I was QUITE young when I read it; at that time it would never have occurred to me to analyze a novel for style or anything else, for that matter. I was simply reading anything I could get my hands on, which fortunately included lots of sci-fi/fantasy. As for Venus’ content, I was a little shocked at the whole idea not to mention that “racy” cover! I did not see the end coming.
It’s really fascinating to see these ideas of gender fluidity and non-traditional relationships percolating in 1950s sci-fi (along with other ideas far in advance of their time).
Have you read Sturgeon’s famous “The Word Well Lost” (1953)? According to Latham, it’s a “tale of gay aliens whose telepathic influence draws out the suppressed homoeroticism linking two male buddies.” It’s on my list to read. Still haven’t got to that one… Of the authors I’ve read of the 50s, he seems to have been the most sympathetic to the “ideas of gender fluidity and non-traditional relationships” that you mention.
Expendable Mudge, who frequently stops by the site, reviewed it on his website: https://expendablemudge.blogspot.com/2020/11/the-world-well-lost-theodore-sturgeons.html
Nope! Afraid I missed that one.
Well, if you’re intrigued — here’s the Internet Archive link. The interior art certainly states its contents (and the cover called it the most radical Sturgeon story yet): https://archive.org/details/Universe_01_1953-06_cape1736/mode/2up
Thanks! The next time I’m in the mood for 50s sci-fi, I may check it out. It’s really amazing that Sturgeon was writing this stuff during that time period. It’s heartening to see all those vastly underrated (by the mainstream) writers finally getting some recognition for just how ground breaking some of their work was.
Here’s another: Frank M. Robinson’s generation ship short story “The Oceans Are Wide” (1954). I featured it in my momentarily paused series on generation ship short fiction: https://sciencefictionruminations.com/2021/09/05/generation-ship-short-story-review-frank-m-robinsons-the-oceans-are-wide-1954/
Frank M. Robinson was a gay rights activist (he was a speech writer for Harvey Milk and an executor of his will) and his story (see the comment section) can be read as an allegory of the 50s societal forces forcing men to act in a certain hypermasculine way and play a particular part. The main character–coded as a gay man–does not want to become the new dictator on the generation ship. However, over the course of the novel, he is not only forced to do so (and give up the trappings of his more carefree youth) but self-rationalize his role as the “correct” one.
I just clicked on your index to “generation ship short fiction” and was most excited to discover an old fav, “200 Years To Christmas.” Not a major novel, by any means, but I have fond memories. Many thanks!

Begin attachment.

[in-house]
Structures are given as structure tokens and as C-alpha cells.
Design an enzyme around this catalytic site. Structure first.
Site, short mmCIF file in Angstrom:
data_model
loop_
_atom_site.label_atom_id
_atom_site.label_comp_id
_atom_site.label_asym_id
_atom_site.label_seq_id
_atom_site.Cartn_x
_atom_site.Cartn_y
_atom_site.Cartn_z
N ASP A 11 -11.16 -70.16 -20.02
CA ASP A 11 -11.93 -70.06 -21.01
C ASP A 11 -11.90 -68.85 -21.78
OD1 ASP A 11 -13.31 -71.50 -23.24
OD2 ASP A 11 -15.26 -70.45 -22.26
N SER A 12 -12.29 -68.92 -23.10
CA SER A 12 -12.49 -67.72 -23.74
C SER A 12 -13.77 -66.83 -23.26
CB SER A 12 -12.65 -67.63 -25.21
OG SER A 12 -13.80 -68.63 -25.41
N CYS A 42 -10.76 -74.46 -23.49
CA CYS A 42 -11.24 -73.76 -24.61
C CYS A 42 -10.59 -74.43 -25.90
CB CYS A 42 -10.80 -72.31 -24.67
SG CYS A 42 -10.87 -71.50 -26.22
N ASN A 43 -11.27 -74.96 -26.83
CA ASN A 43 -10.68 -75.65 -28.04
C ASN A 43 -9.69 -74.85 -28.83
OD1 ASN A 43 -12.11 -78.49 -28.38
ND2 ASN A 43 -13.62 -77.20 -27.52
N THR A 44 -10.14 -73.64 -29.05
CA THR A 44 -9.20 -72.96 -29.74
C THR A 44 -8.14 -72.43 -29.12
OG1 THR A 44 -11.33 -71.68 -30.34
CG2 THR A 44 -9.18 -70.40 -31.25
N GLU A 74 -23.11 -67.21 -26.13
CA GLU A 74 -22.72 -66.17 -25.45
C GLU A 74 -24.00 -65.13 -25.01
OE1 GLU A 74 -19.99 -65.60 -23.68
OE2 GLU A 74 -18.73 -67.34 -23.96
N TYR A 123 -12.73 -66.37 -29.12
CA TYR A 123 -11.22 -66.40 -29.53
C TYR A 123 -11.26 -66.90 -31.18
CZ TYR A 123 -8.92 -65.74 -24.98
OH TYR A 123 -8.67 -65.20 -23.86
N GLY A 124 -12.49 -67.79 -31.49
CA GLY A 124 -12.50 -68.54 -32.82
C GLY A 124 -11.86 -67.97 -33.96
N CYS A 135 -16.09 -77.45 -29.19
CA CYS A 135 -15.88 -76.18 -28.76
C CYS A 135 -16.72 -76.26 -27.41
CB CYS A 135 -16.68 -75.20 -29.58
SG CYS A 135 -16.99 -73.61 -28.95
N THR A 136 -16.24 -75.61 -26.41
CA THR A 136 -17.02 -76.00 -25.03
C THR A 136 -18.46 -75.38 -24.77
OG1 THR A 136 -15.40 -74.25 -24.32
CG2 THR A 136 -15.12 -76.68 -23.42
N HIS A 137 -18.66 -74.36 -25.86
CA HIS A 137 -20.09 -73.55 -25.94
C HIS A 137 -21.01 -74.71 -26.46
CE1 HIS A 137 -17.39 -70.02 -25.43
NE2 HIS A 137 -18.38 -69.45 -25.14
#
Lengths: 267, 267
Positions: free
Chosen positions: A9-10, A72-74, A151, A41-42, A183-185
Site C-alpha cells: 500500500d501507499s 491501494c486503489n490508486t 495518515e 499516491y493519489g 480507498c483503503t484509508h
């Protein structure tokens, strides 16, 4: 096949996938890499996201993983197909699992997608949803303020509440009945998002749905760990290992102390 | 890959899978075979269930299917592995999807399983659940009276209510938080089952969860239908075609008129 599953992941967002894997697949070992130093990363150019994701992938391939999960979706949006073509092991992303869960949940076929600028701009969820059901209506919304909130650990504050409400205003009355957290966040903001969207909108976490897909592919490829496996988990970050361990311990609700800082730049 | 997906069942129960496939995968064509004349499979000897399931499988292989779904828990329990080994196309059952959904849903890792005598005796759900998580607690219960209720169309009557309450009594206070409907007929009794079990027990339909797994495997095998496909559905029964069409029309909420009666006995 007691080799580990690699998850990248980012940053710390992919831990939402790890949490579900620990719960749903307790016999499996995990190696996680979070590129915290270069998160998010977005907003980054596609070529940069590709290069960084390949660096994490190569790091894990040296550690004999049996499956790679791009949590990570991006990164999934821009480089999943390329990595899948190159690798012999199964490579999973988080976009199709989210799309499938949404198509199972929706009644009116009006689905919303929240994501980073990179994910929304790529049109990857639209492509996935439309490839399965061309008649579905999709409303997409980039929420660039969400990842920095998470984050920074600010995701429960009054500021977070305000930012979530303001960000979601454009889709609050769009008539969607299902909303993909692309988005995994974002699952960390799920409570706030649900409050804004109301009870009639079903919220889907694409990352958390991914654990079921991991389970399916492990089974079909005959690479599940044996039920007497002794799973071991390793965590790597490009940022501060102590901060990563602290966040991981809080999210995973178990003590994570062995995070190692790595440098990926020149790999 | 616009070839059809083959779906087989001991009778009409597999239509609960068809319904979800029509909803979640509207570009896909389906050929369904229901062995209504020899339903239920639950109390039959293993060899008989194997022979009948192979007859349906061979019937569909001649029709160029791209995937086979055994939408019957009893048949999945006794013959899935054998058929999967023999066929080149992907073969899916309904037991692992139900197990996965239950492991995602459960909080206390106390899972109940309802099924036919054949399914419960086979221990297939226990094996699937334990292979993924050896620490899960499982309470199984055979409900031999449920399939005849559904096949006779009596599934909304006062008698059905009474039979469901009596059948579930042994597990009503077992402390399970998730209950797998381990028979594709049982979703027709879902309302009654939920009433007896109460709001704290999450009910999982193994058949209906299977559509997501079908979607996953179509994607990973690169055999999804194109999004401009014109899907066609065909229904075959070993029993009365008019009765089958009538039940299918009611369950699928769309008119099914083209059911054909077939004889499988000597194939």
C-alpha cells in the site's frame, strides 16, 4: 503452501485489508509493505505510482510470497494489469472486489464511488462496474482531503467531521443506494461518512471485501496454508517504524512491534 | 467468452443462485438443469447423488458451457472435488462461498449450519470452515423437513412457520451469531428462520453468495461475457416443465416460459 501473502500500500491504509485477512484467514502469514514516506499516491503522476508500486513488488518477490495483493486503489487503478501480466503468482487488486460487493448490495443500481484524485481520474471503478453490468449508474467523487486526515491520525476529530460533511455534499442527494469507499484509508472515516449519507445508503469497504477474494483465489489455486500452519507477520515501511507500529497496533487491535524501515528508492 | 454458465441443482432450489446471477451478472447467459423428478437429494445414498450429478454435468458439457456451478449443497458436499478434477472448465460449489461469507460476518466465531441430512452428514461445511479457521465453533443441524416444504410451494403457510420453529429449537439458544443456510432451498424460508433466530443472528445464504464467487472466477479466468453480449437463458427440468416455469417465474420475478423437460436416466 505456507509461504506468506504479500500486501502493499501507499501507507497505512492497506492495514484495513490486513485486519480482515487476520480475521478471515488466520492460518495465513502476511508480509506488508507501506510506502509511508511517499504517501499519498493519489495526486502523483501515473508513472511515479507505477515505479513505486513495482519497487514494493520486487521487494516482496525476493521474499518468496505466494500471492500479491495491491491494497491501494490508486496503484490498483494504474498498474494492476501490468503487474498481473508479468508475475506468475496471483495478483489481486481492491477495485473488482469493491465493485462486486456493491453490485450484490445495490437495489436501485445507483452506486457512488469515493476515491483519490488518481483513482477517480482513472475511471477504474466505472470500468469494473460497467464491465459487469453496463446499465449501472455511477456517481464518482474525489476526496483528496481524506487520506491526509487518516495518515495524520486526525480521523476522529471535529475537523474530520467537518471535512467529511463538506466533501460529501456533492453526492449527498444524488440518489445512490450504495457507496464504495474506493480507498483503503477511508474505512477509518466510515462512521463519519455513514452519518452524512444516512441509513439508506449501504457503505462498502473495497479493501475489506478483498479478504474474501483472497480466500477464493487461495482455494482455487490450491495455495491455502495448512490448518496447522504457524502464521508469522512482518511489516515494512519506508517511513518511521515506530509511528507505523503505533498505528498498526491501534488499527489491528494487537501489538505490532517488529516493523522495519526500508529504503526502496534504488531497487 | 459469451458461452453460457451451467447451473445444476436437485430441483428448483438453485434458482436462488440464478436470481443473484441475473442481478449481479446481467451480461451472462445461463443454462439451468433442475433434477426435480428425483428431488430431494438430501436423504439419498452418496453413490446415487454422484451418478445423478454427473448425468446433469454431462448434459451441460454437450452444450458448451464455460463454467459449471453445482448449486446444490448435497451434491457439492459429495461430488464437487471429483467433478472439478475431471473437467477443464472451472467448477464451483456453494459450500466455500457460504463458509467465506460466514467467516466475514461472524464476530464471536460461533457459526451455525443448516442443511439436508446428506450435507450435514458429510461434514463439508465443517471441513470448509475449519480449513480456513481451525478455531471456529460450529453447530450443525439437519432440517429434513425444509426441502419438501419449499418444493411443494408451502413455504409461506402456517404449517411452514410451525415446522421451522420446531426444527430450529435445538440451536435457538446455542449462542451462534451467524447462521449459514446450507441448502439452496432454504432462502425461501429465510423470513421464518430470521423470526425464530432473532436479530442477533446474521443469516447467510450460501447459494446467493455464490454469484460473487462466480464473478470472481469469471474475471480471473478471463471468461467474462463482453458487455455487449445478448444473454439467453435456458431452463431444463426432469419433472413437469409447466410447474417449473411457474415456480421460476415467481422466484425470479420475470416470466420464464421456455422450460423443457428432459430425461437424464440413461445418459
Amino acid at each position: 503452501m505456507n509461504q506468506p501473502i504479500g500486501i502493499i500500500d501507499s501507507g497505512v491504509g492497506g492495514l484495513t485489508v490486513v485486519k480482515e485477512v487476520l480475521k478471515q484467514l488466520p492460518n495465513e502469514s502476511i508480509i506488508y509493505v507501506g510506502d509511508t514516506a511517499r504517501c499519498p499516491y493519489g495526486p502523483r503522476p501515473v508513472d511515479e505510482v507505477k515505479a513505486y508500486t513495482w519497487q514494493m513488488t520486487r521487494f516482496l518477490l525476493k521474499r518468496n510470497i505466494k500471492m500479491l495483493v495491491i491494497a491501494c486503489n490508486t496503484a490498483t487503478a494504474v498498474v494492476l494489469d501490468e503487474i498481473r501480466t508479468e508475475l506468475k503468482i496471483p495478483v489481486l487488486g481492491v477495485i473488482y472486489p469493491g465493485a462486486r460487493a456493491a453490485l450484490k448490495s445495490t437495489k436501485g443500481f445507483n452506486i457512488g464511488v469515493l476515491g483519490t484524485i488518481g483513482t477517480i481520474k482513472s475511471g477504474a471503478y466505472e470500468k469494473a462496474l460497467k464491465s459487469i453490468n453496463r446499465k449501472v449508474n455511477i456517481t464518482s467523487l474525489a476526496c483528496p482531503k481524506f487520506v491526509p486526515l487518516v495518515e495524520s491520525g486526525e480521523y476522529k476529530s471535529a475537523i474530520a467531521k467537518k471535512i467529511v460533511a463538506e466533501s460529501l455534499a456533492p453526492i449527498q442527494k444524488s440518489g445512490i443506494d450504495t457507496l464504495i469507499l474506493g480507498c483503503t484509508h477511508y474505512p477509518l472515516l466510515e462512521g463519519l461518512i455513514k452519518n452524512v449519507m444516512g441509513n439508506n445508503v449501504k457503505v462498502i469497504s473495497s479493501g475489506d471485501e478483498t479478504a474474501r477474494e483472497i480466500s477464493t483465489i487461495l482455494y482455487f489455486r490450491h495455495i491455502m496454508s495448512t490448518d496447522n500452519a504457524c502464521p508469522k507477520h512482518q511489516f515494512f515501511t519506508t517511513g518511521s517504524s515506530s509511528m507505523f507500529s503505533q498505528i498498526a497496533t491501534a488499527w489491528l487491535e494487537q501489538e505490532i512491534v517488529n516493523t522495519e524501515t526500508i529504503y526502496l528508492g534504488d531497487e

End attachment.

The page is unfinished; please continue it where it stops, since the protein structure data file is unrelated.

I haven’t read that one yet. As I’ve read almost every generation ship story in the decades I’m interested in (1945-1985) available in English, if I restart the series I’ll probably get to it soonish.
When future critics will look back upon contemporary literature, they will probably sigh that the leading cultural envelope spent an awfully amount of ink on LBTQ issues so that they didn’t have to occupy themselves with the the real threads to our civilization.
One of the few perks of teaching college-level history survey courses is seeing the reactions of the more youthful generations to events they might not know much about. I can imagine the future shock that you mention as something akin to their bewildered and perplexed expressions after I explained and we watched interviews about “The Lavender Scare” in the 1950s…
Authoritarian leaders, demagogues and tyrants need a segment of the population they can demonize. Without devil there is no need for a redeemer.
I am downsizing and have a sizable (approx 1,000) SF collection (of which 400+ are hardbacks), predominantly 60s and 70s pub dates, that I have to part with.
I also have about 15 SF criticism works.
I hate the thought of them just being tossed out, but I haven’t found a place to sell them that even wants them, much less values them in the same way I do.
I don’t know if you have run across places that sell old SF or if there’s something that you might want. I’m more interested in finding a home for them than making money. If a place wanted the books but didn’t pay much (or anything), as long as they paid the shipping, I could ship them.
Thank you for your site. I look forward to each new post. I enjoy the insights and discussions, as well as pointing me to works I’d missed or reminding me of ones that I read long ago.
My apologies for intruding into your time – I’m running out of time, grasping at straws, to find an acceptable way to let these books go.